uManitoba to repair labs, boost research with $8.1M in new funding

The University of Manitoba has received a boost to its essential research activities thanks to $8.1M in federal funding. A university release states that the funds will be used to support repairs, upgrades, and the maintenance of its research labs and equipment, as well as research development and the commercialization of ideas. “It’s so important to ensure that our educational and research facilities receive the level of funding they need to maintain a world-class environment,” said Terry Duguid, MP for Winnipeg South. uManitoba | Winnipeg Free Press (Subscription Required)

New UBCO program to train grads for in-demand tech jobs

A new Bachelor of Media Studies program at UBC Okanagan aims to establish direct links between graduates and in-demand tech jobs. A UBCO release states that the program will train graduates for careers in high-demand areas of the tech industry, including game development, web design, interactive media, film production, and graphic design. “Kelowna’s tech industry is flourishing, with start-ups alongside established companies like Disney and Bardel Entertainment having offices in the valley,” says UBCO Principal Deborah Buszard. “The industry needs graduates with tech talent as well as creative and managerial skills and entrepreneurial spirit. Our new BMS program will provide the bridge from academic study to industry success.” UBCO

Arctic College to create NU-based law degree program in partnership with uSask

Nunavut Arctic College, through the Government of Nunavut, has elected to partner with the University of Saskatchewan for the design and delivery of a new Nunavut-based law degree program. The stated goal of the project is to increase the number of lawyers practicing in NU. The new program will also bring the total number of degree programs offered by NAC to three, which aligns with the territory’s mission to help more degree-seeking students study in NU. “Ensuring Inuit students have the opportunity to study law in Nunavut is a natural extension of our commitment to Indigenous initiatives and to Canada’s Truth and Reconciliation calls to action,” said uSask President and Vice-Chancellor Peter Stoicheff. NationTalk | NU | CBC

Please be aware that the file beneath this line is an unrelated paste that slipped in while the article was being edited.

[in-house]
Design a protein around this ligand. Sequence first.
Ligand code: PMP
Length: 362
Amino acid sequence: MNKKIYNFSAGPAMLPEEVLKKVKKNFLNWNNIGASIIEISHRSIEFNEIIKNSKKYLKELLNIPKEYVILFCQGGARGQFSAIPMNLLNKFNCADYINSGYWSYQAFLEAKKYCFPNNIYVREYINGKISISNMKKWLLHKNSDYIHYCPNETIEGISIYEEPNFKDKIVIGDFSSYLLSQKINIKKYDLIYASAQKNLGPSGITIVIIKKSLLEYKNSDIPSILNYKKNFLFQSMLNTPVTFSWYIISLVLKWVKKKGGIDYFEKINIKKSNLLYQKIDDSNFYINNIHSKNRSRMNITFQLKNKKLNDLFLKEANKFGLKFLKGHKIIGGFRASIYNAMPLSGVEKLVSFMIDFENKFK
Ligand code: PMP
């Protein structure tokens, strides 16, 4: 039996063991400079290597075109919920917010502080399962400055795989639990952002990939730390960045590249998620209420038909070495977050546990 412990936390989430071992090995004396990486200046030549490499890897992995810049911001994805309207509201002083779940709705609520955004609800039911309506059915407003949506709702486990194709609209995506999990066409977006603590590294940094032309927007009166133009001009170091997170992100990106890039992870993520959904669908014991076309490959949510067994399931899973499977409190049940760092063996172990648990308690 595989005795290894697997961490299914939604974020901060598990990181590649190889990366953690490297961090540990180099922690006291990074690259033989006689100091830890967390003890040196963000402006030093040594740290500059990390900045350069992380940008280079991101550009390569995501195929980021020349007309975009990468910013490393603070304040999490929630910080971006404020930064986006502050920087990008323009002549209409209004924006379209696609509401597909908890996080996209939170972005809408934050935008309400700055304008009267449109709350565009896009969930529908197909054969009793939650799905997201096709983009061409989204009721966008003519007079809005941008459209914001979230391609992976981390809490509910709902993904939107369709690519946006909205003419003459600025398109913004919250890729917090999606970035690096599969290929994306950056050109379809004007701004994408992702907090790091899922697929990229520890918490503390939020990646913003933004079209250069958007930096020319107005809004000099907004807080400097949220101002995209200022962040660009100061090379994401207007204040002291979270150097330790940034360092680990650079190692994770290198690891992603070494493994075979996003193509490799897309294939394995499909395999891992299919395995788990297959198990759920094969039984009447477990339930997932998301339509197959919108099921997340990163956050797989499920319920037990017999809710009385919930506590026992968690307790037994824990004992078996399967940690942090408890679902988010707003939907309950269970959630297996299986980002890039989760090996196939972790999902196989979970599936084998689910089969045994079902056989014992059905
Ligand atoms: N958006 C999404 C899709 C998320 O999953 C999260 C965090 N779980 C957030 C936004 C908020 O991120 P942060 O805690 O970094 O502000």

Federal cabinet wraps up first-ever retreat at a PSE institution

The first cabinet retreat to ever be held at a postsecondary institution has been a “tremendous success,” says Laurentian University President Dominic Giroux. A Laurentian release states that the university was selected to host the recent retreat due its track record of hosting high-level events and conferences, along with its bilingual status, research and innovation, and comprehensive approach to Indigenous education. “It has been a unique privilege to work with the Privy Council Office to host this retreat, and we were delighted by the opportunity to hold discussions with ministers, deputy ministers and their staff over the course of the visit,” said Giroux. Laurentian

UPEI breaks with Shinerama to focus fundraising efforts on local groups

The University of Prince Edward Island plans to end its relationship with Cystic Fibrosis Canada’s Shinerama fundraising campaign in favour of supporting more local causes. “Ultimately it came down to what the purpose for new student orientation is—an opportunity for our students to build healthy connections, and to develop those connections on campus and in the larger community," said UPE Student Orientation Coordinator Tayte Willows. UPEI has run the annual Shinerama campaign as part of its student orientation activities for 40 years. Moving forward, UPEI plans to support four local groups: the PEI. Humane Society, the PEI. chapter of the Canadian Mental Health Association, PEI Family Violence Prevention Services, and the Alzheimer's Society of PEI. CBC